This article surveys the global distribution of morphological patterns that connect ordinal numerals with cardinal numerals. We associate these two classes of numerals with different functional domains: By cardinal numerals, we understand the set of numerals used in attributive quantification of nouns (e.g. 'four days'). Ordinal numerals typically identify the position a given member of a set occupies relative to other members of the same set (e.g. 'the fourth day'). The main functions of ordinal numerals thus comprise the identification of ranks within a hierarchy and the identification of the temporal order in a sequence of events or the like. For more information on numerals, see Hurford (1975, 1987).
We look at the formal relationship that obtains between cardinal numerals and their ordinal counterparts, i.e. we study morphological and syntactic (periphrastic) ways of deriving ordinals from cardinals. However, we exclude non-morphological marking by word order (cf. §2.2). Furthermore, we restrict our investigation to the first decade (i.e. to the values 1 through 10), because in many languages numeral systems do not go beyond ten, or the use of ordinal numerals is optional with higher numerical values. For the sake of brevity, our examples below list numerals up to value 5. The derivational dependence of ordinal numerals on cardinal numerals is the cover term for regular morphological derivation according to the synchronically valid rules of a given language, and also for all those cases where the morphological relation is of a purely historical nature, so that the word-form of the ordinal numeral reflects obsolete derivational rules of an earlier stage of the same language. Otherwise we consider ordinal numerals derivationally independent of their cardinal counterparts, or in other words, suppletive.
In Veselinova (1997) and Stolz (2001d), we observed that crosslinguistically the morphological relation of cardinal numerals and ordinal numerals is neither random nor homogeneous. We established eight recurrent patterns whose validity has been corroborated by the present sample of 321 languages. These eight types are listed in the feature-value box:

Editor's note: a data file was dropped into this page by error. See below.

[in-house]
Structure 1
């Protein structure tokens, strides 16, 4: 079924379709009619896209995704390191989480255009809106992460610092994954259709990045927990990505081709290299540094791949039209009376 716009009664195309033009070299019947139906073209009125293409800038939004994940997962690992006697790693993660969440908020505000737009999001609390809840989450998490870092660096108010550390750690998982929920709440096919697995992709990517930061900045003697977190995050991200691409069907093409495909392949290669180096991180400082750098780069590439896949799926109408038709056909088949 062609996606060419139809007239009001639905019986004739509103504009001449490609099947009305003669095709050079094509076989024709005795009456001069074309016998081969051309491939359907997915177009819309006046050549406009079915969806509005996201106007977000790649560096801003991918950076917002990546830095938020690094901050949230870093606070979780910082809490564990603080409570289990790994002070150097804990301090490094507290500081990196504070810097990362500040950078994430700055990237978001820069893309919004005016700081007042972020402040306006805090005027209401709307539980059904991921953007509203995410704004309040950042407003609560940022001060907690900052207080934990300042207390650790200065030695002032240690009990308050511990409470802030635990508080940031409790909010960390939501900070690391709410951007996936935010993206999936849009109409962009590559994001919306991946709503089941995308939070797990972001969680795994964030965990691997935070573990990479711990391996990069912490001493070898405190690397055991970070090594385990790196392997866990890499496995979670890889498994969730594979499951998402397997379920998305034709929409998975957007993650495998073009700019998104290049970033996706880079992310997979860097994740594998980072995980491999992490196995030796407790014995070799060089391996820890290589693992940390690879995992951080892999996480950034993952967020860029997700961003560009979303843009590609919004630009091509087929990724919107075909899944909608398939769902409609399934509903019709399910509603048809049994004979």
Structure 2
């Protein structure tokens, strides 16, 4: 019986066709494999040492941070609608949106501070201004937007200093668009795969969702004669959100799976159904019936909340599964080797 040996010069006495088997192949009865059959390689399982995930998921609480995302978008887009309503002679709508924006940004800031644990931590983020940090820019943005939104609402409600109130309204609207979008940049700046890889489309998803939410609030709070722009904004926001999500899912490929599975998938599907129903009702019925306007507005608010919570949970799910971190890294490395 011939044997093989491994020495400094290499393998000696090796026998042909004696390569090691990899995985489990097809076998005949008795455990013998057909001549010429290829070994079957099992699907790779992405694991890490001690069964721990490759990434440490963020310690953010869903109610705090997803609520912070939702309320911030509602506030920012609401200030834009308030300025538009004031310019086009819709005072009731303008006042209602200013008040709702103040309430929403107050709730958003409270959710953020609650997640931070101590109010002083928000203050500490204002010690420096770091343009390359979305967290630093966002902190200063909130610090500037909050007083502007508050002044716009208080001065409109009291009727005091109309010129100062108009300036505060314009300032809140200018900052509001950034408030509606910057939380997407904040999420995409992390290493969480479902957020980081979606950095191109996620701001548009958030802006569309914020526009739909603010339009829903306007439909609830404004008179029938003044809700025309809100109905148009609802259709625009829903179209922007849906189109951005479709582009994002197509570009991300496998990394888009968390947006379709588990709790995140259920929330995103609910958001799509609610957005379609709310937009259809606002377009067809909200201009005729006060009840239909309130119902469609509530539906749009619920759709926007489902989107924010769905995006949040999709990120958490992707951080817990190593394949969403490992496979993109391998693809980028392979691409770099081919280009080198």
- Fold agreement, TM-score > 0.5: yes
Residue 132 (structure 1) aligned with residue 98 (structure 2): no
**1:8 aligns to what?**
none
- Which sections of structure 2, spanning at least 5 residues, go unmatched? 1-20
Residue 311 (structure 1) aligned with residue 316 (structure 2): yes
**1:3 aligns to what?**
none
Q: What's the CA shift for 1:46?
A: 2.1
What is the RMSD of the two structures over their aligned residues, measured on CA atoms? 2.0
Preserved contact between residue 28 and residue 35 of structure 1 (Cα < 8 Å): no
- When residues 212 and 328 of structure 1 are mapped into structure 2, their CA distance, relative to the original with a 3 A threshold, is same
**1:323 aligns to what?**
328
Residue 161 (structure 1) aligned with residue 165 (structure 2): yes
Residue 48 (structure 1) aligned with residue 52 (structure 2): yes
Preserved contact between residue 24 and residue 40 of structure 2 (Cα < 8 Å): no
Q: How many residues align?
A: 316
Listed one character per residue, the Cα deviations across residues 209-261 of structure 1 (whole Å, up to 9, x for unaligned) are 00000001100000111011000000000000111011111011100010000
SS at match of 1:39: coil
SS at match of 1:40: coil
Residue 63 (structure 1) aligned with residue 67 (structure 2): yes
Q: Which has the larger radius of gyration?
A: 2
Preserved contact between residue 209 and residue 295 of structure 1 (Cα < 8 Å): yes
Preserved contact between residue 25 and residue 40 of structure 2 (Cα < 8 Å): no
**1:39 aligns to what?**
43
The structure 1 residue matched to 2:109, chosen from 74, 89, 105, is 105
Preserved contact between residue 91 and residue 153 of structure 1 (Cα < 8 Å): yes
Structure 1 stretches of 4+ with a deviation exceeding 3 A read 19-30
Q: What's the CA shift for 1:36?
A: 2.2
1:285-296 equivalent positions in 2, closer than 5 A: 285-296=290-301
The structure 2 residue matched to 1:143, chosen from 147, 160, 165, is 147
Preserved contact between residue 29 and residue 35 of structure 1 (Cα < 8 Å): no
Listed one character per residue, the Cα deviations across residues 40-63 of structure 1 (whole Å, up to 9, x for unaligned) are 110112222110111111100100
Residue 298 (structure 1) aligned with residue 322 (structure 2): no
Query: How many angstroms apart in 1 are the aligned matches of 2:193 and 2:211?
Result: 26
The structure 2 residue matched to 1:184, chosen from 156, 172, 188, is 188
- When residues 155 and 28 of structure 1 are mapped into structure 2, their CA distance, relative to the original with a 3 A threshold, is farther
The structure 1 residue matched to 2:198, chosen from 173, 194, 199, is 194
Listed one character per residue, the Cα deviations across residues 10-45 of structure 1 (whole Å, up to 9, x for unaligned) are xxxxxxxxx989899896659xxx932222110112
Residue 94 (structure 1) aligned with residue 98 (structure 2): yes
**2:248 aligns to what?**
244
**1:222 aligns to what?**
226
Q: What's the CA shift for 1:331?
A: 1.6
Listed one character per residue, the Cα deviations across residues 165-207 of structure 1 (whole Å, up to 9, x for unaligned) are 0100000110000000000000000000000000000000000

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|Zero: Ordinal numerals do not exist||33|
|One: No distinction of cardinal and ordinal numerals||3|
|First: Cardinal and ordinal numerals are identical except for 'one' and 'first'||12|
|One-th: One-th: Ordinal numerals are derived from cardinal numerals||41|
|First/One-th: All ordinal numerals are derived from cardinal numerals with different allomorphs for 'first' one of which is morphologically independent of 'one'||54|
|Two-th: Two-th: Ordinal numerals from 'two' upwards are derived from cardinal numerals, 'first' is suppletive||110|
|Second: 'First' and a small set of consecutive higher ordinal numerals are suppletive||61|
|Variou-th: Other solutions||7|
In quite a few languages, ordinal numerals do not exist at all, nor are their functions taken over by cardinal numerals. An example is Kobon (Trans-New Guinea; Davies 1989b: 207-208), where a system of cardinal numerals is attested, but temporal and local adverbs are used instead to encode the relative order of phenomena: ñi nöd (lit. ‘child before’) ‘first/eldest child’.
What distinguishes this type from the preceding type is the fact that numerals are used to indicate temporal sequence and hierarchical order. Morphologically, there is no way of telling cardinal and ordinal numerals apart, i.e. there is only one multifunctional set of numerals. Sapuan (Bahnaric, Austro-Asiatic; Laos) offers convincing examples of such multifunctional numerals, cf. (1).
‘my second language is Lao’
In (1a) bar is used as the equivalent of the cardinal numeral ‘two’, whereas in (1b) it corresponds to the ordinal numeral ‘second’ of the English gloss.
The distinction of cardinal and ordinal functions of numerals via word order alone as attested in Indonesian, can also be seen as an instantiation of the type "One" because the morphology of the numeral itself is not affected in any way by the different syntactic orderings, cf. (2).
‘the third girl’
‘the three girls’
If the definite numeral is used in post-nominal position (cf. 2a), its function is clearly that of an ordinal. In pre-nominal position, the numeral can only have a cardinal reading (cf. 2b).